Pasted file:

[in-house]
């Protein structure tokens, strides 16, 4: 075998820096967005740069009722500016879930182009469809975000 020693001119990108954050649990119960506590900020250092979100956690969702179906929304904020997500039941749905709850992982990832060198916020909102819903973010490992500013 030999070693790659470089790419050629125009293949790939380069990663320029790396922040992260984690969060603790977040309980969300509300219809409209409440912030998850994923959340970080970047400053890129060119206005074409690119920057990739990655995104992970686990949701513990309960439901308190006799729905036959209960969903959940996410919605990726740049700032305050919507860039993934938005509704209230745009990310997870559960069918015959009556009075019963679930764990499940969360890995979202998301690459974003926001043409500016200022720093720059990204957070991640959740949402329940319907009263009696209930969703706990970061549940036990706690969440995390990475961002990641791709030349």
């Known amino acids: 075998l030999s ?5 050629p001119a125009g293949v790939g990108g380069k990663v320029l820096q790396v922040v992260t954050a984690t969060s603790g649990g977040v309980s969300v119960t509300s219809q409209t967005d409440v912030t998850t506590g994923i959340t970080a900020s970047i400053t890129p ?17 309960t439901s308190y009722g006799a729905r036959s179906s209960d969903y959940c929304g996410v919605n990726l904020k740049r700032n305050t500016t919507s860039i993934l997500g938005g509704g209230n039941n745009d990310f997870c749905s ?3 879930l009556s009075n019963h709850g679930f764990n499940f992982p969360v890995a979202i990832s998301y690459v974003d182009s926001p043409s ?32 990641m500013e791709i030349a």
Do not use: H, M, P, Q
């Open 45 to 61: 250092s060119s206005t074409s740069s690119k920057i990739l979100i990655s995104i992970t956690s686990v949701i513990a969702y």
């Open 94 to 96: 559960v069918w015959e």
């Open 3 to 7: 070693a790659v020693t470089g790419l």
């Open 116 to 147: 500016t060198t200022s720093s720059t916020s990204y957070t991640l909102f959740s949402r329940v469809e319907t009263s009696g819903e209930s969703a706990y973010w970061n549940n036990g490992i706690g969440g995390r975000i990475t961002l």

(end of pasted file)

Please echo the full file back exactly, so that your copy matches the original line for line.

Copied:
[in-house]
């Protein structure tokens, strides 16, 4: 075998820096967005740069009722500016879930182009469809975000 020693001119990108954050649990119960506590900020250092979100956690969702179906929304904020997500039941749905709850992982990832060198916020909102819903973010490992500013 030999070693790659470089790419050629125009293949790939380069990663320029790396922040992260984690969060603790977040309980969300509300219809409209409440912030998850994923959340970080970047400053890129060119206005074409690119920057990739990655995104992970686990949701513990309960439901308190006799729905036959209960969903959940996410919605990726740049700032305050919507860039993934938005509704209230745009990310997870559960069918015959009556009075019963679930764990499940969360890995979202998301690459974003926001043409500016200022720093720059990204957070991640959740949402329940319907009263009696209930969703706990970061549940036990706690969440995390990475961002990641791709030349």
């Known amino acids: 075998l030999s ?5 050629p001119a125009g293949v790939g990108g380069k990663v320029l820096q790396v922040v992260t954050a984690t969060s603790g649990g977040v309980s969300v119960t509300s219809q409209t967005d409440v912030t998850t506590g994923i959340t970080a900020s970047i400053t890129p ?17 309960t439901s308190y009722g006799a729905r036959s179906s209960d969903y959940c929304g996410v919605n990726l904020k740049r700032n305050t500016t919507s860039i993934l997500g938005g509704g209230n039941n745009d990310f997870c749905s ?3 879930l009556s009075n019963h709850g679930f764990n499940f992982p969360v890995a979202i990832s998301y690459v974003d182009s926001p043409s ?32 990641m500013e791709i030349a």
Do not use: H, M, P, Q
């Open 45 to 61: 250092s060119s206005t074409s740069s690119k920057i990739l979100i990655s995104i992970t956690s686990v949701i513990a969702y």
């Open 94 to 96: 559960v069918w015959e």
């Open 3 to 7: 070693a790659v020693t470089g790419l």
């Open 116 to 147: 500016t060198t200022s720093s720059t916020s990204y957070t991640l909102f959740s949402r329940v469809e319907t009263s009696g819903e209930s969703a706990y973010w970061n549940n036990g490992i706690g969440g995390r975000i990475t961002l």